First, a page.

Petrolhead supercar owners who love the rumble of a V8 and the aroma of exhaust fumes are being told to prepare for a legally enforced smoother and cleaner ride.
The EU this week agreed on draft legislation banning the sale of new petrol or diesel cars by 2035, ignoring a plea from Italy for a “Ferrari exception” to allow its supercar industry to continue making its petrol-powered products.
After 16 hours of tense negotiations in Luxembourg environment ministers of the 27 countries agreed to the ban as part of the EU’s “Fit for 55” plan to reduce greenhouse gas emissions by at least 55% by 2030.
The UK government has already set out plans to ban the sale of new petrol and diesel vehicles from 2030, with a similar ban on hybrids five years later.
While most of the automotive industry has long been preparing for the widespread adoption of electric cars, many producers of supercars – loosely defined as high performance sports cars with price tags ranging from £100,000 to more than £1m – have failed to invest in the battery technology needed to power them and claim that customers prefer petrol-driven sports cars.
About 4.2m electric cars were sold across the world last year, up 108% on 2020 and 198% on 2019, according to figures from automotive analyst Jato. However, none of the 22,000 cars classed as supercars or luxury GTs (grand tourers) sold last year were fully electric.
Benjamin Stephan, a spokesperson for Greenpeace, welcomed the news that an agreement had finally been hammered out in Luxembourg but complained that it was “way too late and won’t be enough to keep the 1.5C pledge alive”.
“Banning new oil-burning cars is the right thing to do, but a 2035 phase-out is much too late to limit global heating to 1.5C and keeps us locked into oil dependency that bankrolls wars and hurts people’s pockets at the pump,” he said. “Europe desperately needs to decarbonise transport, but ministers missed a golden opportunity.
“There were a number of attempts by Italy to delay the phase-out to create loopholes to keep making petrol supercars for the super-rich.”
Italy, home of supercar makers Ferrari, Lamborghini and Maserati, had called for an opt out, claiming that their emissions are negligible because they are driven far less than regular cars. Italy and other countries also called for more time to invest in battery technology.
“In the [supercar] market there is a niche,” Roberto Cingolani, Italy’s minister for ecological transition, said last year. “Those cars need very special technology and they need batteries for the transition.”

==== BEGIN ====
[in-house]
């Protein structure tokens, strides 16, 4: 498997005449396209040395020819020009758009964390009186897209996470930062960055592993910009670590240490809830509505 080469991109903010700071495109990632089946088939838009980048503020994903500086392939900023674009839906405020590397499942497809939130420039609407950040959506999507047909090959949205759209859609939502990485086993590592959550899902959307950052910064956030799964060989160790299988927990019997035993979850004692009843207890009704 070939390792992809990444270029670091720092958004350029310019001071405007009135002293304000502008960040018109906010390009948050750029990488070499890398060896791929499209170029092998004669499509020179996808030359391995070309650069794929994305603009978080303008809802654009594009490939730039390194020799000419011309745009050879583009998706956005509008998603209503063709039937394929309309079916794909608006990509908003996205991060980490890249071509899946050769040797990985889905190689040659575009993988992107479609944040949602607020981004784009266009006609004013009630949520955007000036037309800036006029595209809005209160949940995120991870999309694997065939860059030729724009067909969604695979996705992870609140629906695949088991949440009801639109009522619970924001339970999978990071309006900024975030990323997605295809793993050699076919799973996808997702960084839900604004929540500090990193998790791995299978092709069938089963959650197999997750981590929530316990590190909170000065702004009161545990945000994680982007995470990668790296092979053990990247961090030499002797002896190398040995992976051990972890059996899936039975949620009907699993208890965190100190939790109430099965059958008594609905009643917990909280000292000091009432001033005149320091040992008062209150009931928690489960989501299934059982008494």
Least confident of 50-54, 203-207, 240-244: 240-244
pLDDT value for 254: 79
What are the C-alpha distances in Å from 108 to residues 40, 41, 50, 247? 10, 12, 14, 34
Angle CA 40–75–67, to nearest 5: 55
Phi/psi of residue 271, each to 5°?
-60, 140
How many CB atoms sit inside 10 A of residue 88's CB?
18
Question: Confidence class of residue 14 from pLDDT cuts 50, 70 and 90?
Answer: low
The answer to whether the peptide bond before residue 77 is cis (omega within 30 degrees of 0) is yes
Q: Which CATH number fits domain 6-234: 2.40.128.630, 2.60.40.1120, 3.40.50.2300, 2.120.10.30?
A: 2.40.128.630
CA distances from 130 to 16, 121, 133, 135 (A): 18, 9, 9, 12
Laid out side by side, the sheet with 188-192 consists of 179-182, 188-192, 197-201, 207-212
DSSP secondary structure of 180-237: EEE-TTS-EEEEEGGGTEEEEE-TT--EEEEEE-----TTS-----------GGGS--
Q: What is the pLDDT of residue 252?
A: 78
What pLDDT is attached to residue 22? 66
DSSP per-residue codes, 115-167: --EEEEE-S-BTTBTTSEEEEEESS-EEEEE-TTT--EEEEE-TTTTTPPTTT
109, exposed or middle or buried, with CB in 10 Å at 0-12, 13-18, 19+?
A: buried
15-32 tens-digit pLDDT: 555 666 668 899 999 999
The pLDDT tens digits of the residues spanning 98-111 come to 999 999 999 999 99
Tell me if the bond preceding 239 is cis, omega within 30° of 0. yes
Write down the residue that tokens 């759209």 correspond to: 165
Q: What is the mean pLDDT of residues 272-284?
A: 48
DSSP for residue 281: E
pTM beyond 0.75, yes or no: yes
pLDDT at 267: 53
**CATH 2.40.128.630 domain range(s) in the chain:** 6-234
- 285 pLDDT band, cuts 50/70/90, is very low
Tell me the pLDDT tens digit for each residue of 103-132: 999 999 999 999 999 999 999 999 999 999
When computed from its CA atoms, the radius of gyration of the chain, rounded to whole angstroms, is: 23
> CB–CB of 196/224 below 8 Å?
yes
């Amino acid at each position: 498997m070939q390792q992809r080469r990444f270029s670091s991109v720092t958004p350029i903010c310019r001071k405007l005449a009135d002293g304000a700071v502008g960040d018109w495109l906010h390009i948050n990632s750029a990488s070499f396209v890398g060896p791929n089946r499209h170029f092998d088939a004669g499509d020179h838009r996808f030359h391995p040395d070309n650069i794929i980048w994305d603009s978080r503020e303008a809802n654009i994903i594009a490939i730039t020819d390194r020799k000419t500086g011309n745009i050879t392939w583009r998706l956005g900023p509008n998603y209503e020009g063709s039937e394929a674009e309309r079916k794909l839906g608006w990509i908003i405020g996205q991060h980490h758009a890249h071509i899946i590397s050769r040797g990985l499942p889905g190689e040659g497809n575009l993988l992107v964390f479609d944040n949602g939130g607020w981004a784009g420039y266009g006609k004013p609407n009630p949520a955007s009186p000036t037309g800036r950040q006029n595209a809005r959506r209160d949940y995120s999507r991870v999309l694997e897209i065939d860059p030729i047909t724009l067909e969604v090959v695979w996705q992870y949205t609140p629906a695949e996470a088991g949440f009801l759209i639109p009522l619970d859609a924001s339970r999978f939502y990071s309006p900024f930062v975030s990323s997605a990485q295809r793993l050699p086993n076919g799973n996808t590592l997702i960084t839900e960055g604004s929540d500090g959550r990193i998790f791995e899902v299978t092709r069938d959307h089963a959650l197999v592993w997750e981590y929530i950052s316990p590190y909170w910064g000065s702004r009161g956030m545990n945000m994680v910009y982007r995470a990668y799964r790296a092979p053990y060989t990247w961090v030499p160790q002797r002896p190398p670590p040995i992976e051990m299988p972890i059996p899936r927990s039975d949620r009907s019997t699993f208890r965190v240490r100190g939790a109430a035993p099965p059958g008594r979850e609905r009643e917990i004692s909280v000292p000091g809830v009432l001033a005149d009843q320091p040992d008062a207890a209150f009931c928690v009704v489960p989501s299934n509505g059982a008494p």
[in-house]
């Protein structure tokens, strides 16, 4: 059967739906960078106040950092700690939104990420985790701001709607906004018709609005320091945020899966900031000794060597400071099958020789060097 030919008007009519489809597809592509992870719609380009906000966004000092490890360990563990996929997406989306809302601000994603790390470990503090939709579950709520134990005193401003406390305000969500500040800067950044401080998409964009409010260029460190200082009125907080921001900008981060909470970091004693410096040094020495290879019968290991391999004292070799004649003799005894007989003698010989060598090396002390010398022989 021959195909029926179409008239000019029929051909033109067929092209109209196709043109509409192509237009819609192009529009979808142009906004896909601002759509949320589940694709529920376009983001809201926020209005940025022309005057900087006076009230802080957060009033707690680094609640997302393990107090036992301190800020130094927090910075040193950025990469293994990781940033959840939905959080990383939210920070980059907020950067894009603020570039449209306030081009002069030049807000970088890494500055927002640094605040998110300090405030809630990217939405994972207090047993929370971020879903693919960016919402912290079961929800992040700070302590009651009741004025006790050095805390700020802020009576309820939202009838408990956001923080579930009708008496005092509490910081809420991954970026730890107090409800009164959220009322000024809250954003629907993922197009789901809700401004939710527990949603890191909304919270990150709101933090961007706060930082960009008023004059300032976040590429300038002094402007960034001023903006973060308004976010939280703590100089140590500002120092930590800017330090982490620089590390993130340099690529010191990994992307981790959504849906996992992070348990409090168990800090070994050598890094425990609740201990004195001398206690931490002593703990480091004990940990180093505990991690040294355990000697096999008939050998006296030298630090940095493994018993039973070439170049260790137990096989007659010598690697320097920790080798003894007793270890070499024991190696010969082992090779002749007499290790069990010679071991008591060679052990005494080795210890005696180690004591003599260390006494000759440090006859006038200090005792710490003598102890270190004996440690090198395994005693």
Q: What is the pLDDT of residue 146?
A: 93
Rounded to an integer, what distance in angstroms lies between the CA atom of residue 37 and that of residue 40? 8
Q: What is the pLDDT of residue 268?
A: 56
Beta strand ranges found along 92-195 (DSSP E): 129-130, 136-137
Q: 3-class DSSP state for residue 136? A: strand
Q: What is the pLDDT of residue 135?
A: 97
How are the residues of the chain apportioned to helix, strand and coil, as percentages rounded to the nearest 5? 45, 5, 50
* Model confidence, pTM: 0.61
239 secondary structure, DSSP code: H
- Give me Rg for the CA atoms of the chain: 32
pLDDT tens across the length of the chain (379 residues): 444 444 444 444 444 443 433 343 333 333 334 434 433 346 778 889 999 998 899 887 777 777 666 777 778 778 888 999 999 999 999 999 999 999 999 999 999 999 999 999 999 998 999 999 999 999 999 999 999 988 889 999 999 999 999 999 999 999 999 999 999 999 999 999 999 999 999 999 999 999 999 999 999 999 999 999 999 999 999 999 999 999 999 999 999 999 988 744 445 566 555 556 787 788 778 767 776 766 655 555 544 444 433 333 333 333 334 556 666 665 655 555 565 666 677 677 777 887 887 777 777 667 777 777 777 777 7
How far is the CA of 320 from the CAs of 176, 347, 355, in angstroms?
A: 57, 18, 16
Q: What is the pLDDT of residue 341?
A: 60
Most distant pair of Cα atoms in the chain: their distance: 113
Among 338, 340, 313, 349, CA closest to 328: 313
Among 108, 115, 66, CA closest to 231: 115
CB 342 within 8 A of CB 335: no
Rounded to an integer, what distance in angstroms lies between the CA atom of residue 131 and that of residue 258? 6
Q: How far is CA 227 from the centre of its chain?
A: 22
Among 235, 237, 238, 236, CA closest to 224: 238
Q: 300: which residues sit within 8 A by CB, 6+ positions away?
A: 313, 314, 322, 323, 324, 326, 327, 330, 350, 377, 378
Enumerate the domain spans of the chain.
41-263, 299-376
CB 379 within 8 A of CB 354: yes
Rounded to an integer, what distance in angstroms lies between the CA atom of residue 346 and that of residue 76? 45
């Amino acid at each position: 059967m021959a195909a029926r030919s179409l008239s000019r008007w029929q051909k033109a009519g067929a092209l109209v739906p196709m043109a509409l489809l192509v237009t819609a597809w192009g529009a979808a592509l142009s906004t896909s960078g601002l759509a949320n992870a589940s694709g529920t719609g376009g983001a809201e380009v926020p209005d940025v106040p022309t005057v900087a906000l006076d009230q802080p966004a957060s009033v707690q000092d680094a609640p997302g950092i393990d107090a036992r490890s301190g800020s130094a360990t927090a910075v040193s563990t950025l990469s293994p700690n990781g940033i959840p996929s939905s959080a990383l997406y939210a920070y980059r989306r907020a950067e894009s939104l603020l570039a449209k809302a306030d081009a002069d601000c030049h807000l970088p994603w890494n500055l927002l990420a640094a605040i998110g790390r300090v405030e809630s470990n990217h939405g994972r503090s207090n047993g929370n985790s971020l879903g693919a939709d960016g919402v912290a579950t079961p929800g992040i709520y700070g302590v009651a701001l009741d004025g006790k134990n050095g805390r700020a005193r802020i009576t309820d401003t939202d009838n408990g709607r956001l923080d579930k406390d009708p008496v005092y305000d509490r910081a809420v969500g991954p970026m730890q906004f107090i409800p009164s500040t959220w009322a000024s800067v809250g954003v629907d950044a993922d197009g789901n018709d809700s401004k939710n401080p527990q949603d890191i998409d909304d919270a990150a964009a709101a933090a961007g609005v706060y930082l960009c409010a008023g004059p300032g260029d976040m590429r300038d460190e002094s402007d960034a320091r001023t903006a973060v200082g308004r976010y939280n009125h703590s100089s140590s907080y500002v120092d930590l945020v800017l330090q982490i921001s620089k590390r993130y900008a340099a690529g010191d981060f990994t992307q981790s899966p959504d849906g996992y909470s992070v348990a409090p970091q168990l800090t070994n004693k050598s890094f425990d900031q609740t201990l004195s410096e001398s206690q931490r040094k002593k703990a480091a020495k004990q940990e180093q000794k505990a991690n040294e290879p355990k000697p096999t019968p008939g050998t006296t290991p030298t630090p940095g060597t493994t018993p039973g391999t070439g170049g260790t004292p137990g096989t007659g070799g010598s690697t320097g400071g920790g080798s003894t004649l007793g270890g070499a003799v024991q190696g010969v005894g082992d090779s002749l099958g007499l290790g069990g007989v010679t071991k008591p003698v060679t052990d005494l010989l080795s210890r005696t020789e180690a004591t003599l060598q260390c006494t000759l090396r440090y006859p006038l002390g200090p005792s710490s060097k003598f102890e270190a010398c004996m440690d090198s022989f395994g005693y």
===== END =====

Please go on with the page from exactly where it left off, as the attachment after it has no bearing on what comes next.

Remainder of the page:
Stephan said it was good news that supercars will be turning electric, but said that in an ideal world Greenpeace would like to see a total ban on commercial racing cars. “[They] are a disaster from an environmental point of view,” he said. “Yes, making them electric is better, but they will require a huge amount of resources compared to regular cars. And what’s the point in spending all these resources on cars that you can drive really fast but you can’t hardly drive on any roads.
“It’s just not a sensible thing to still be making them.”
Matt Finch, UK policy manager for clean transport campaign group Transport & Environment, said the EU vote to ban the combustion engine offered “a fighting chance of averting runaway climate change” and put all supercar makers on notice to “take electric seriously, now” .
Finch added: “Some companies are going faster than others, but there’s no hiding now that the future is electric and if they want to grab market share, they have to do it now.”
Tesla is among the furthest along with the $200,000 (£165,000) Roadster, which chief executive Elon Musk claims will have a top speed of 250mph when it is launched in 2023.
Ferrari is set to release its first fully electric car in 2025, and claims that 40% of its range will be battery powered by the end of the decade. Lamborghini has said it will have an electric model “this decade”.
Asked whether electric supercars can have the same thrill and smell of petrol power, Finch said: “If you want real power, if you want real torque, you want an all-electric. Anyone who has driven one suddenly realizes these are brilliant cars… the smell I can’t help you with, but who really wants the stink of combustion when you could have the clean air of electric.”
George is Digismak’s reported cum editor with 13 years of experience in Journalism